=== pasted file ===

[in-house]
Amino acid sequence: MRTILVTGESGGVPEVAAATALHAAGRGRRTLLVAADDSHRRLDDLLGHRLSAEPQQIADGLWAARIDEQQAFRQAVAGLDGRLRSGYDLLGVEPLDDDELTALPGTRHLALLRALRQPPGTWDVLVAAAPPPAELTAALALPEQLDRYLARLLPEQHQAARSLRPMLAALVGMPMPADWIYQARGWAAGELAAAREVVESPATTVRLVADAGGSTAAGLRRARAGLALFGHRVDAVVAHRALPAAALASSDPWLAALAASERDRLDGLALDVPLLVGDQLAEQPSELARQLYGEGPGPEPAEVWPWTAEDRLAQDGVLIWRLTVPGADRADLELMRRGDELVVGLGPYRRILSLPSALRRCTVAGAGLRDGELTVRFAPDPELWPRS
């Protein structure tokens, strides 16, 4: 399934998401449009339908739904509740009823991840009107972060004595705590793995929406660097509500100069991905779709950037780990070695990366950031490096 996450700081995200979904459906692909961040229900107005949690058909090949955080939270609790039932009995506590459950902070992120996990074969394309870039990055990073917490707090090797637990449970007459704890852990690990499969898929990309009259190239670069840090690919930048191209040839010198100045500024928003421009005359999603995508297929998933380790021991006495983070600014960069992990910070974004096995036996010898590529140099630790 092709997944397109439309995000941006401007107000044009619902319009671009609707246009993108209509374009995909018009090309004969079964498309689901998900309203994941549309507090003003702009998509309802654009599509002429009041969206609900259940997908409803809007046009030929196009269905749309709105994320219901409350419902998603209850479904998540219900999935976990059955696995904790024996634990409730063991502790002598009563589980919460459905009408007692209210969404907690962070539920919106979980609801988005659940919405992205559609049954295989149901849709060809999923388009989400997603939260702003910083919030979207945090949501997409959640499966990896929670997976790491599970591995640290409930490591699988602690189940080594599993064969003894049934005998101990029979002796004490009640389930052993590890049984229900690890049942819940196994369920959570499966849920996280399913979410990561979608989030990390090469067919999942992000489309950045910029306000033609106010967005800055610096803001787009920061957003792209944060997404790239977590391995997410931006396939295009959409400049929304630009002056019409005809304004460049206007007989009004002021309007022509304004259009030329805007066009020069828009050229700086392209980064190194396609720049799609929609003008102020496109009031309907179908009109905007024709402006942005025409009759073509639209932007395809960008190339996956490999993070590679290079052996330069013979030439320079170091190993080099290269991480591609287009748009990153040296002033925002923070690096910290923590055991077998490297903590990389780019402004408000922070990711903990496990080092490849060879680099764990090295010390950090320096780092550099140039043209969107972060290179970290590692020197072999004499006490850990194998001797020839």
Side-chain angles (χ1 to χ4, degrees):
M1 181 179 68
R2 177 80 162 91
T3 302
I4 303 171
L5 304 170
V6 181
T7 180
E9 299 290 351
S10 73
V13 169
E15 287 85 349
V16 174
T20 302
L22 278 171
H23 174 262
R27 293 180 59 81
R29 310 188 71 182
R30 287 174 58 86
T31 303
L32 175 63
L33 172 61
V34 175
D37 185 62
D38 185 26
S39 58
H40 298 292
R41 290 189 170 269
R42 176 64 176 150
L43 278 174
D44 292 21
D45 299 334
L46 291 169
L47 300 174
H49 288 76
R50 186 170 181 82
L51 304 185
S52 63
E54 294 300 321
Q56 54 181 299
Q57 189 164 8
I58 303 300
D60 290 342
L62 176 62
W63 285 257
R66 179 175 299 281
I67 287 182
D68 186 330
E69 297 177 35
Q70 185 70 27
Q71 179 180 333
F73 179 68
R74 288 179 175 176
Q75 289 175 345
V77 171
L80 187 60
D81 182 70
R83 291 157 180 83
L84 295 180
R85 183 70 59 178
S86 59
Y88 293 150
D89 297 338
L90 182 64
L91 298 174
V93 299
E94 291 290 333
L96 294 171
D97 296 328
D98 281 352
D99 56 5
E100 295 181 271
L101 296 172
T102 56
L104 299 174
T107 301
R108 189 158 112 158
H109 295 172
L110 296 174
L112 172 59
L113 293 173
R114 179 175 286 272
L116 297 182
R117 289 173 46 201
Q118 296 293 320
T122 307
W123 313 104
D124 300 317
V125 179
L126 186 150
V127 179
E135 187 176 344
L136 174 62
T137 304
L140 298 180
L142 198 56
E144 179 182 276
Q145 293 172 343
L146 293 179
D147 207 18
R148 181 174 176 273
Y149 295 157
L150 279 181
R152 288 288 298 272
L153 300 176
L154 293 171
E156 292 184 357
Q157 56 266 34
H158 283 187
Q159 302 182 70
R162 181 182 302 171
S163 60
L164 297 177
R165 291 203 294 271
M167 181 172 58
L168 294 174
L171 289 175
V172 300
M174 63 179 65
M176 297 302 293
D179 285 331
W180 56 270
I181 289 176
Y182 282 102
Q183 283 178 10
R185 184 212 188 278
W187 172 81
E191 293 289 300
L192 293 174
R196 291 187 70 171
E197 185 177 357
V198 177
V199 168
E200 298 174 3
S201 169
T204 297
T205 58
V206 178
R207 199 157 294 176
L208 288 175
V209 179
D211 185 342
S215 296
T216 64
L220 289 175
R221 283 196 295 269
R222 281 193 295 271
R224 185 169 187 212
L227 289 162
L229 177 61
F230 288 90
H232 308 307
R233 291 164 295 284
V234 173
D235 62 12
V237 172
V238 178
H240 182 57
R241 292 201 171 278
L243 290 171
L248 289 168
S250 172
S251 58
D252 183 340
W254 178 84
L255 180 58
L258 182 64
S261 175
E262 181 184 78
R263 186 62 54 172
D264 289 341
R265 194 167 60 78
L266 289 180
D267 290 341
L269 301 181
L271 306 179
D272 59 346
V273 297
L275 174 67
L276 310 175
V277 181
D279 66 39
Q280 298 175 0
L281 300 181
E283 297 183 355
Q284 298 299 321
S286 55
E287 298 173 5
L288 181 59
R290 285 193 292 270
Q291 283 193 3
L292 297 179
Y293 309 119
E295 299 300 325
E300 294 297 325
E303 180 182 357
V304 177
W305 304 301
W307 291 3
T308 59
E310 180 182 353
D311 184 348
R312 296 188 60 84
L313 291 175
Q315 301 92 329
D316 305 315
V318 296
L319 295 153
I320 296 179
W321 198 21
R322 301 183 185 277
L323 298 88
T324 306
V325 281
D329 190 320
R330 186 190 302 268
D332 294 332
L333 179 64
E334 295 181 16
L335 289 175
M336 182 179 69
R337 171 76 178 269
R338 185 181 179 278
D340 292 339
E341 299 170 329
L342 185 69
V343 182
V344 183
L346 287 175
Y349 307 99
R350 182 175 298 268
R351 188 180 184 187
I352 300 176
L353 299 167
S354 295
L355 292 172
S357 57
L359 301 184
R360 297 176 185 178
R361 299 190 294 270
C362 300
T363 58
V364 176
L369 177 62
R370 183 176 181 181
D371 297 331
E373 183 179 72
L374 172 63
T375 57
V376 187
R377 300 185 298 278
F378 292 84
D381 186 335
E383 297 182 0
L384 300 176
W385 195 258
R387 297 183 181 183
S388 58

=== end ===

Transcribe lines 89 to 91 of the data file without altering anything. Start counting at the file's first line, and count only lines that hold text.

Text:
T122 307
W123 313 104
D124 300 317